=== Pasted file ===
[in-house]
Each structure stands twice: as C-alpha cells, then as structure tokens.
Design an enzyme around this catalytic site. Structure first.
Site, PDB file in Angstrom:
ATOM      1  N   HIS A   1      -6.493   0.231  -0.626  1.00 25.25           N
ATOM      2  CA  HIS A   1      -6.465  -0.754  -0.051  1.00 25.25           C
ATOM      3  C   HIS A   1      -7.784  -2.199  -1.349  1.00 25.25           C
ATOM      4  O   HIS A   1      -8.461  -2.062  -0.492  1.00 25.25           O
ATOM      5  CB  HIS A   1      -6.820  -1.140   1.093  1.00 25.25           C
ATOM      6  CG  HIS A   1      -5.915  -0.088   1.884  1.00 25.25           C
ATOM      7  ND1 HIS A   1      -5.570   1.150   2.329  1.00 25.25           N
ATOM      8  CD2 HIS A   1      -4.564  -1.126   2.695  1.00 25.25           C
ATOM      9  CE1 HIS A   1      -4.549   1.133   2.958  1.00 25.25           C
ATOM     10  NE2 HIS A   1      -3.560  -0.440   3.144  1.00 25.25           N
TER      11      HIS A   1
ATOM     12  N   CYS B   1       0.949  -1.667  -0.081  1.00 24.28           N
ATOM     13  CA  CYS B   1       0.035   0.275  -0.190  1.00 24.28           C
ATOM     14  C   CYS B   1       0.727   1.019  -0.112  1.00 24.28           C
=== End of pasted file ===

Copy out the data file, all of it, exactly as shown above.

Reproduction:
[in-house]
Each structure stands twice: as C-alpha cells, then as structure tokens.
Design an enzyme around this catalytic site. Structure first.
Site, PDB file in Angstrom:
ATOM      1  N   HIS A   1      -6.493   0.231  -0.626  1.00 25.25           N
ATOM      2  CA  HIS A   1      -6.465  -0.754  -0.051  1.00 25.25           C
ATOM      3  C   HIS A   1      -7.784  -2.199  -1.349  1.00 25.25           C
ATOM      4  O   HIS A   1      -8.461  -2.062  -0.492  1.00 25.25           O
ATOM      5  CB  HIS A   1      -6.820  -1.140   1.093  1.00 25.25           C
ATOM      6  CG  HIS A   1      -5.915  -0.088   1.884  1.00 25.25           C
ATOM      7  ND1 HIS A   1      -5.570   1.150   2.329  1.00 25.25           N
ATOM      8  CD2 HIS A   1      -4.564  -1.126   2.695  1.00 25.25           C
ATOM      9  CE1 HIS A   1      -4.549   1.133   2.958  1.00 25.25           C
ATOM     10  NE2 HIS A   1      -3.560  -0.440   3.144  1.00 25.25           N
TER      11      HIS A   1
ATOM     12  N   CYS B   1       0.949  -1.667  -0.081  1.00 24.28           N
ATOM     13  CA  CYS B   1       0.035   0.275  -0.190  1.00 24.28           C
ATOM     14  C   CYS B   1       0.727   1.019  -0.112  1.00 24.28           C